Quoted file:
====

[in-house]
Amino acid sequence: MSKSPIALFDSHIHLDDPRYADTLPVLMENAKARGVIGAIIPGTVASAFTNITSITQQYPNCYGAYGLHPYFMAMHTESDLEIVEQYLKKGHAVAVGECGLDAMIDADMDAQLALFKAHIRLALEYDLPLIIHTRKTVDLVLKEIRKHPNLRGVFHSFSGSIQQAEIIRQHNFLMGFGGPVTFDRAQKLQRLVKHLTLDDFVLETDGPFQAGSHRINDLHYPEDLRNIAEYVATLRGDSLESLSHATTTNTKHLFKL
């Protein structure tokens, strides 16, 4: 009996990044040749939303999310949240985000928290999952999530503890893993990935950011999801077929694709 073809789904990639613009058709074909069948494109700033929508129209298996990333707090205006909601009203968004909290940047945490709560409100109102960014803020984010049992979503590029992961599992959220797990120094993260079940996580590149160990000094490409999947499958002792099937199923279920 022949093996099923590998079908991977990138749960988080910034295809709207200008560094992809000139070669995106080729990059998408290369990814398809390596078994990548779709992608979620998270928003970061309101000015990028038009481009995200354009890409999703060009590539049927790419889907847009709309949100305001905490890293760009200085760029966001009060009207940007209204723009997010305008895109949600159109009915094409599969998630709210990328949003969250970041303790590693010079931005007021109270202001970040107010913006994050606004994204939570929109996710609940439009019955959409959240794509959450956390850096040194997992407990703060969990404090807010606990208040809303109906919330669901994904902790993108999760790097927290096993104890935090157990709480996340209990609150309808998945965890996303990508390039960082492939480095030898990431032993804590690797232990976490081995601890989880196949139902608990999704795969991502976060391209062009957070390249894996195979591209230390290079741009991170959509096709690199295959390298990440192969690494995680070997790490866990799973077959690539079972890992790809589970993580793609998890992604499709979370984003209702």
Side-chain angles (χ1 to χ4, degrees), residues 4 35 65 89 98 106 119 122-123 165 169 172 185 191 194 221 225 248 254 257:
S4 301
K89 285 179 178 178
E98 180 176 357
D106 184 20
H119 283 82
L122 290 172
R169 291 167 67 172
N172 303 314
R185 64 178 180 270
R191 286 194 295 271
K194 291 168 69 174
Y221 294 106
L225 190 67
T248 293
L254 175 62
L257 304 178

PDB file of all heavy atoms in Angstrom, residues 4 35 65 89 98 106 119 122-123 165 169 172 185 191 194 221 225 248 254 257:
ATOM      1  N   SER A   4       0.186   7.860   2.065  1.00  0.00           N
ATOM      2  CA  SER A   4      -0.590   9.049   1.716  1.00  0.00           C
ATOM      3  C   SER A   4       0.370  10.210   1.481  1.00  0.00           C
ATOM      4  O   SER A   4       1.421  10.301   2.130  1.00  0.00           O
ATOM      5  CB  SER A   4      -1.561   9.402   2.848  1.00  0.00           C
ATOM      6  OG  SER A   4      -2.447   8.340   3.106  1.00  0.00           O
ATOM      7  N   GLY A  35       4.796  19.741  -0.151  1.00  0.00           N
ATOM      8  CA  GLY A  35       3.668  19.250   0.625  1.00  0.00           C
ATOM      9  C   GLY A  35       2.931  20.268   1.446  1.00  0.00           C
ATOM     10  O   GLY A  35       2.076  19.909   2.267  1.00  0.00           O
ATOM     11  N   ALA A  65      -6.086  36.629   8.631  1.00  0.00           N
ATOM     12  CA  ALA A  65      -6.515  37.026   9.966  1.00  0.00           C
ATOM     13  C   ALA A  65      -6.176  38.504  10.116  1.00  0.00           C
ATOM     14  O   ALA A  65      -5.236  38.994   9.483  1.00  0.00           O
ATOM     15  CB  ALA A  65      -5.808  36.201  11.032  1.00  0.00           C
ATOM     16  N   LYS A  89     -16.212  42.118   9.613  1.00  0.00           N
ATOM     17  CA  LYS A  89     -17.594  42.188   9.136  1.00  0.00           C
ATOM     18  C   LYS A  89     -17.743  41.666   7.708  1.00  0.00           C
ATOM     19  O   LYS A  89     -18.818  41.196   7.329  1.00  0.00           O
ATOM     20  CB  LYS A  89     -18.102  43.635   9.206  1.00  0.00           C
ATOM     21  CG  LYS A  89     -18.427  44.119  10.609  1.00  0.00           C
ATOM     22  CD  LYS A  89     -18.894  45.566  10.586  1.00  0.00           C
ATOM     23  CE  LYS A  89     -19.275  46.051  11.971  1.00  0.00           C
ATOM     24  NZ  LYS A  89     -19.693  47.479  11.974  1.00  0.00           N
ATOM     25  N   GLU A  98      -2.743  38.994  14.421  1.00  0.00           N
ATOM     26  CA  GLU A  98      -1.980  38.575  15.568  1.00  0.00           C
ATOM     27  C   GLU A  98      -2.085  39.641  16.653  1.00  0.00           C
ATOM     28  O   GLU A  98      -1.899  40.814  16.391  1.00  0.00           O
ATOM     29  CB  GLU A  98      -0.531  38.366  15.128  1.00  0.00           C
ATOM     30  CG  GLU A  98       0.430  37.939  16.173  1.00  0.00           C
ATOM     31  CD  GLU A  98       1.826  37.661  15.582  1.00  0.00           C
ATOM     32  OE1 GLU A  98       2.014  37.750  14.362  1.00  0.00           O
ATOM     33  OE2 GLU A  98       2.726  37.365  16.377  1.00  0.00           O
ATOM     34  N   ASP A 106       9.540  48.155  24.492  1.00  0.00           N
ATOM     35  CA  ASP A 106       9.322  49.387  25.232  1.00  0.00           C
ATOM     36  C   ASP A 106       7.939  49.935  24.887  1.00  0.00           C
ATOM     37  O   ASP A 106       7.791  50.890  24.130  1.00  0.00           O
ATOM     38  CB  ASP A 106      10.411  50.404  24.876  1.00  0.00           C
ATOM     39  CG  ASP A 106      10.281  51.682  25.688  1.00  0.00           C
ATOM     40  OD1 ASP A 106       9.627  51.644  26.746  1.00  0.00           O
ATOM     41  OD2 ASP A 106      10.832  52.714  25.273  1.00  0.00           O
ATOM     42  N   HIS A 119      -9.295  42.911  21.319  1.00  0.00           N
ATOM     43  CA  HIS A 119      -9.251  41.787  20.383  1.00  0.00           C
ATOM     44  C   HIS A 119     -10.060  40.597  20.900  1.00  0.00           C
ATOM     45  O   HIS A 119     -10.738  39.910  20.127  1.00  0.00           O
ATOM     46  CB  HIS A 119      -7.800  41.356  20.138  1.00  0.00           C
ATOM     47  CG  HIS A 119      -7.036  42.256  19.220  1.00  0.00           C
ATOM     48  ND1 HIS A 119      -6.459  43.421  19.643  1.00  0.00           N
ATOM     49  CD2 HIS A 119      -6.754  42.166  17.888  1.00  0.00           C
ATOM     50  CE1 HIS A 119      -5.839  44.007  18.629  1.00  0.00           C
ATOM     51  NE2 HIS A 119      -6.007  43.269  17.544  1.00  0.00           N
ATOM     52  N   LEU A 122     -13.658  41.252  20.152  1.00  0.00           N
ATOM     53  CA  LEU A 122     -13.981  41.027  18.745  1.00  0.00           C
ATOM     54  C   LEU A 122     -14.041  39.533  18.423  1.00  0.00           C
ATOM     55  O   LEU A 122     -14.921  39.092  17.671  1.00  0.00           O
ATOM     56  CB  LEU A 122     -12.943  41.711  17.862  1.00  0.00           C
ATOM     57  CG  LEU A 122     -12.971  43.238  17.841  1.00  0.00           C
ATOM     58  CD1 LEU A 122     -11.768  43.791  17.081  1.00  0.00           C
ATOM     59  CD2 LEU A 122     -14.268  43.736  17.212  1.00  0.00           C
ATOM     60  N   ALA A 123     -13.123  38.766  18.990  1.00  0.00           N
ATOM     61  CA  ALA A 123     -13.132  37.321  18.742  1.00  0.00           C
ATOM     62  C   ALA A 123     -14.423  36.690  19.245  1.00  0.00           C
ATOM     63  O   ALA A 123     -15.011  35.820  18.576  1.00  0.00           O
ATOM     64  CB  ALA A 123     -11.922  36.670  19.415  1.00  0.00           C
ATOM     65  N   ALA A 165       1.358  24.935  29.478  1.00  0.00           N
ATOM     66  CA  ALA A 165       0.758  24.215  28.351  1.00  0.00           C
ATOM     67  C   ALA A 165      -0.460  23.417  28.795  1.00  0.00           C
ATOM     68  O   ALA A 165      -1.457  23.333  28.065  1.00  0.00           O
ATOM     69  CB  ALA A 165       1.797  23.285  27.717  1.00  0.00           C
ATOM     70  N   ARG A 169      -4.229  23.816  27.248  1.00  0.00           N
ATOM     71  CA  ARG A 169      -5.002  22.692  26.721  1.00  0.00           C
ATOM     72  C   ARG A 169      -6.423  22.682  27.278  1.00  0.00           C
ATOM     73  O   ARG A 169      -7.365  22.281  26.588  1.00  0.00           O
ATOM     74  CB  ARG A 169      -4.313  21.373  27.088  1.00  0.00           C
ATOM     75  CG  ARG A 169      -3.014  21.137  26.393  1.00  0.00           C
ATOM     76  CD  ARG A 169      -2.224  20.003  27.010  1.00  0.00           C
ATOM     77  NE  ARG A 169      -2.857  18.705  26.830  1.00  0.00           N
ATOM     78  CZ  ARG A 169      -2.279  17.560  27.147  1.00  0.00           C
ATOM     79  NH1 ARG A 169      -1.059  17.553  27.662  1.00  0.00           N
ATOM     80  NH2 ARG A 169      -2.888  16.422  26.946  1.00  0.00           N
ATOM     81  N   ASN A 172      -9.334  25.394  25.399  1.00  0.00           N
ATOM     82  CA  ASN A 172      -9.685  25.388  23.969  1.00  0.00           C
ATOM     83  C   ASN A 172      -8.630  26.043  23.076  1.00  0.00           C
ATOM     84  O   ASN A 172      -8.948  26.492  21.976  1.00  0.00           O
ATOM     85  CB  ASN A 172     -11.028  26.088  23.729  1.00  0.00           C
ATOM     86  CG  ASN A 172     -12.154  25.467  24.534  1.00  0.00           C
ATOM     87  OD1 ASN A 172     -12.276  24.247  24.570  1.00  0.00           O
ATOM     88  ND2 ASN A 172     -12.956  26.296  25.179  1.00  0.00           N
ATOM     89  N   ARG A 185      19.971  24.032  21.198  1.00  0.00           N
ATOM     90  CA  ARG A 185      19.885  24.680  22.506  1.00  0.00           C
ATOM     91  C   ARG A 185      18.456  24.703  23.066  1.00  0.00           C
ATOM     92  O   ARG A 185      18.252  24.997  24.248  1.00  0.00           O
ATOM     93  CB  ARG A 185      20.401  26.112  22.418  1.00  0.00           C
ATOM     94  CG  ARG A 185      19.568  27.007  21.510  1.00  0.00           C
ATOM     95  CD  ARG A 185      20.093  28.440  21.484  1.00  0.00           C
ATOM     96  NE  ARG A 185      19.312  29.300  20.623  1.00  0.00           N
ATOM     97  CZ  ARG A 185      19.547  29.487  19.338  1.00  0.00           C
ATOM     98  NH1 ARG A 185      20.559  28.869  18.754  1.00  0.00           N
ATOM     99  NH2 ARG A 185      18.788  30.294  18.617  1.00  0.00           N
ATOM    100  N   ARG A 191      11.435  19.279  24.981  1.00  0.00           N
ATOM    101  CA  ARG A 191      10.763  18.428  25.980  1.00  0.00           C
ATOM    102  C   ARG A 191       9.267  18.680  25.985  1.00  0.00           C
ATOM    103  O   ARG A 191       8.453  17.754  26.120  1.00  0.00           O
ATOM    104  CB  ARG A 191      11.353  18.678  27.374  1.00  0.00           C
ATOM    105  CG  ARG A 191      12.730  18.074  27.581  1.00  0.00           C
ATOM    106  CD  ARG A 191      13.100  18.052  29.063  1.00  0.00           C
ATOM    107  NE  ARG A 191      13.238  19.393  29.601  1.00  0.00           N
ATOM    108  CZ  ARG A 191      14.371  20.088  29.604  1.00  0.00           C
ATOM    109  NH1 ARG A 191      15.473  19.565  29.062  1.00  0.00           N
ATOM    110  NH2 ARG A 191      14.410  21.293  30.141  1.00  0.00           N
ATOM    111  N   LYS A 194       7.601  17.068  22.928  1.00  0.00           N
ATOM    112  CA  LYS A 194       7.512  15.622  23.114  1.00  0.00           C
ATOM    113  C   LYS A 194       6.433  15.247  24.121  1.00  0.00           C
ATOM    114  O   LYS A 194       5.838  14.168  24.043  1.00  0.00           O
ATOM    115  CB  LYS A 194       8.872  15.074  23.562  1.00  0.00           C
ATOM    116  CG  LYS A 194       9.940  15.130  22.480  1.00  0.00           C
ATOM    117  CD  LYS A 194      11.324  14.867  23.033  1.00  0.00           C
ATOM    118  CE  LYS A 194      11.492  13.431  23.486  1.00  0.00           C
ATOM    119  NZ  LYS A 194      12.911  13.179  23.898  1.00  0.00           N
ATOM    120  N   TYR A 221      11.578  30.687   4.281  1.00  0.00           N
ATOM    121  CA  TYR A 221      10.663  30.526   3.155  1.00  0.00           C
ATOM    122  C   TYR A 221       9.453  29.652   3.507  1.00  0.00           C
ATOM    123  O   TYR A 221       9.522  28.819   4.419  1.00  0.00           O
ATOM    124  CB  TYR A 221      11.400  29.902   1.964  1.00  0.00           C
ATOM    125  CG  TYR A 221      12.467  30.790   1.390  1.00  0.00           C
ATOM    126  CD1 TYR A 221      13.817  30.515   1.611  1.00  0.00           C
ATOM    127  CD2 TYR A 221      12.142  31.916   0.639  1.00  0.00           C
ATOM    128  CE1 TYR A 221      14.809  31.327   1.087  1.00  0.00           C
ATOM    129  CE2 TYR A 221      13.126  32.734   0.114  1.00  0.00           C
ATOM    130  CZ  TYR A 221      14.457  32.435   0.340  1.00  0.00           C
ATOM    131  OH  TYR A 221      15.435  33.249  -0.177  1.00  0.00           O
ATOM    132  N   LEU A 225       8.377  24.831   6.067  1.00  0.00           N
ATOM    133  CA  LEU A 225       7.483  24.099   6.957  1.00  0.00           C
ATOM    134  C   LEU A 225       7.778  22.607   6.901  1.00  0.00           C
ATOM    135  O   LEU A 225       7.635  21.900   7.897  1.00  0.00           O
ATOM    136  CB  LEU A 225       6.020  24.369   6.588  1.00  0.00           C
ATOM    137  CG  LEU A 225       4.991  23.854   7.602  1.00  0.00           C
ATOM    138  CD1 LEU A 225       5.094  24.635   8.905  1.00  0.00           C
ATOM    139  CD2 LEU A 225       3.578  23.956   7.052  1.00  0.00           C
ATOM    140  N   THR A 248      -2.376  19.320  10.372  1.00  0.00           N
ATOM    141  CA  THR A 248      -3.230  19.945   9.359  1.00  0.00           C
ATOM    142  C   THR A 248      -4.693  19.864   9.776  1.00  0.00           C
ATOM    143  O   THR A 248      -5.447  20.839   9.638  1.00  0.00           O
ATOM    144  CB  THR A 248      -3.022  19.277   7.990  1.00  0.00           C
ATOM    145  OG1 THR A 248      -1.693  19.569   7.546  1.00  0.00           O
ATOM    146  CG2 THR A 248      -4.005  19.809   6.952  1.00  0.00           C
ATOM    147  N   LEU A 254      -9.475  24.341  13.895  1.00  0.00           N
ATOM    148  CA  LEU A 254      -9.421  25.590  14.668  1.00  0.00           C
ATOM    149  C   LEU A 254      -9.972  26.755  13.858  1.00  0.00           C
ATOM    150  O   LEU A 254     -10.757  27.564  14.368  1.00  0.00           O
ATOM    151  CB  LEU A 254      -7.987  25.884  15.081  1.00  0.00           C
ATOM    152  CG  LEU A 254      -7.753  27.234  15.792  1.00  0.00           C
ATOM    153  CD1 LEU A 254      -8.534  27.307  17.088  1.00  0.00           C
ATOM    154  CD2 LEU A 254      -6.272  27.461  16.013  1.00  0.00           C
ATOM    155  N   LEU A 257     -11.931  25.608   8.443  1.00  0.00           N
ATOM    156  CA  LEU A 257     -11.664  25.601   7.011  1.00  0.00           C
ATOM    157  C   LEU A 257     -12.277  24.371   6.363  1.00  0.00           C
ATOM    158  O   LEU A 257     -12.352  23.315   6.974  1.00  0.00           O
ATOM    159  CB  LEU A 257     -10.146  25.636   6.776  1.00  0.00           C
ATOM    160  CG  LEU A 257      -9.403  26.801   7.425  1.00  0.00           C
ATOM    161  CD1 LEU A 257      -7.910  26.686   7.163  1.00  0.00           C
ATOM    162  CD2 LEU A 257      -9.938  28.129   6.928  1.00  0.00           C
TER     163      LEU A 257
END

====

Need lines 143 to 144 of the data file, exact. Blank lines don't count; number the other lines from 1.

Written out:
ATOM    122  C   TYR A 221       9.453  29.652   3.507  1.00  0.00           C
ATOM    123  O   TYR A 221       9.522  28.819   4.419  1.00  0.00           O